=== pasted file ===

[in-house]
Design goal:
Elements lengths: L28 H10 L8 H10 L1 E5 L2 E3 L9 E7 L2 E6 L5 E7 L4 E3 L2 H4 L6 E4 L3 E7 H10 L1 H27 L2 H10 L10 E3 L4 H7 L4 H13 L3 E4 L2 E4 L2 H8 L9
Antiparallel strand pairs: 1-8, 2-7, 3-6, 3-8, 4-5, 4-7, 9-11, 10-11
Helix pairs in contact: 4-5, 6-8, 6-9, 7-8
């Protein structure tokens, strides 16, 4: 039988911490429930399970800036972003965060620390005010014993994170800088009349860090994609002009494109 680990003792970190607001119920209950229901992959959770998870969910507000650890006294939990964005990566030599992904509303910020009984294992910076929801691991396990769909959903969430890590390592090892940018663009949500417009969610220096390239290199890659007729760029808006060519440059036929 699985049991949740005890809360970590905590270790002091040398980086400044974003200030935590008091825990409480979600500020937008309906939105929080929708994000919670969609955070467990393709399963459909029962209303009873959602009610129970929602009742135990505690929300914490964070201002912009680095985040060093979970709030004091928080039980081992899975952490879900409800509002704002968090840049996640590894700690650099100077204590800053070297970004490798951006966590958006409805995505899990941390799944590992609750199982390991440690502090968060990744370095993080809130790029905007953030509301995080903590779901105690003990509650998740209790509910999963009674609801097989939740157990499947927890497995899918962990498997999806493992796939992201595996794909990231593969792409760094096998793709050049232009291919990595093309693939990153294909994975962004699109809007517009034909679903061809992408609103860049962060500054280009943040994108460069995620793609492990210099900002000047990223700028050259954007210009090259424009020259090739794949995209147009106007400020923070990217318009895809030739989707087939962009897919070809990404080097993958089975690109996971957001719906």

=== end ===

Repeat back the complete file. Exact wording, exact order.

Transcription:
[in-house]
Design goal:
Elements lengths: L28 H10 L8 H10 L1 E5 L2 E3 L9 E7 L2 E6 L5 E7 L4 E3 L2 H4 L6 E4 L3 E7 H10 L1 H27 L2 H10 L10 E3 L4 H7 L4 H13 L3 E4 L2 E4 L2 H8 L9
Antiparallel strand pairs: 1-8, 2-7, 3-6, 3-8, 4-5, 4-7, 9-11, 10-11
Helix pairs in contact: 4-5, 6-8, 6-9, 7-8
């Protein structure tokens, strides 16, 4: 039988911490429930399970800036972003965060620390005010014993994170800088009349860090994609002009494109 680990003792970190607001119920209950229901992959959770998870969910507000650890006294939990964005990566030599992904509303910020009984294992910076929801691991396990769909959903969430890590390592090892940018663009949500417009969610220096390239290199890659007729760029808006060519440059036929 699985049991949740005890809360970590905590270790002091040398980086400044974003200030935590008091825990409480979600500020937008309906939105929080929708994000919670969609955070467990393709399963459909029962209303009873959602009610129970929602009742135990505690929300914490964070201002912009680095985040060093979970709030004091928080039980081992899975952490879900409800509002704002968090840049996640590894700690650099100077204590800053070297970004490798951006966590958006409805995505899990941390799944590992609750199982390991440690502090968060990744370095993080809130790029905007953030509301995080903590779901105690003990509650998740209790509910999963009674609801097989939740157990499947927890497995899918962990498997999806493992796939992201595996794909990231593969792409760094096998793709050049232009291919990595093309693939990153294909994975962004699109809007517009034909679903061809992408609103860049962060500054280009943040994108460069995620793609492990210099900002000047990223700028050259954007210009090259424009020259090739794949995209147009106007400020923070990217318009895809030739989707087939962009897919070809990404080097993958089975690109996971957001719906």